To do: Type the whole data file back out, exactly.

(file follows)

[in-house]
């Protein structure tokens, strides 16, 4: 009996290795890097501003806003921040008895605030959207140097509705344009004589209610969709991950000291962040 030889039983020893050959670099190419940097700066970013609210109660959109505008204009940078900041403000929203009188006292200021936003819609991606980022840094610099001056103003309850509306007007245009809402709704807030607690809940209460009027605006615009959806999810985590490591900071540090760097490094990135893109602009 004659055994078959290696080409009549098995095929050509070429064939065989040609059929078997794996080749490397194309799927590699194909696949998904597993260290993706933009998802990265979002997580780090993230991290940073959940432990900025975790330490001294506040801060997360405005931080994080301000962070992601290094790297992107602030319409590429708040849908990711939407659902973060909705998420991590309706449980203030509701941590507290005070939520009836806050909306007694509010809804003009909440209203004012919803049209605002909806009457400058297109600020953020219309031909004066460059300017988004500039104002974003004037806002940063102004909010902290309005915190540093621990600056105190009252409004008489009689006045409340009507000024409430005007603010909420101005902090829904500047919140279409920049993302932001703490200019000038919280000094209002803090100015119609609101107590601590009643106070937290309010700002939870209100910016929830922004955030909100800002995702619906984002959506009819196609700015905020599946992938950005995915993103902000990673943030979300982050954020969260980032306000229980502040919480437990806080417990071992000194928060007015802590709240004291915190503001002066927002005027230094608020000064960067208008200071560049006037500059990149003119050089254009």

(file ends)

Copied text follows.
[in-house]
């Protein structure tokens, strides 16, 4: 009996290795890097501003806003921040008895605030959207140097509705344009004589209610969709991950000291962040 030889039983020893050959670099190419940097700066970013609210109660959109505008204009940078900041403000929203009188006292200021936003819609991606980022840094610099001056103003309850509306007007245009809402709704807030607690809940209460009027605006615009959806999810985590490591900071540090760097490094990135893109602009 004659055994078959290696080409009549098995095929050509070429064939065989040609059929078997794996080749490397194309799927590699194909696949998904597993260290993706933009998802990265979002997580780090993230991290940073959940432990900025975790330490001294506040801060997360405005931080994080301000962070992601290094790297992107602030319409590429708040849908990711939407659902973060909705998420991590309706449980203030509701941590507290005070939520009836806050909306007694509010809804003009909440209203004012919803049209605002909806009457400058297109600020953020219309031909004066460059300017988004500039104002974003004037806002940063102004909010902290309005915190540093621990600056105190009252409004008489009689006045409340009507000024409430005007603010909420101005902090829904500047919140279409920049993302932001703490200019000038919280000094209002803090100015119609609101107590601590009643106070937290309010700002939870209100910016929830922004955030909100800002995702619906984002959506009819196609700015905020599946992938950005995915993103902000990673943030979300982050954020969260980032306000229980502040919480437990806080417990071992000194928060007015802590709240004291915190503001002066927002005027230094608020000064960067208008200071560049006037500059990149003119050089254009």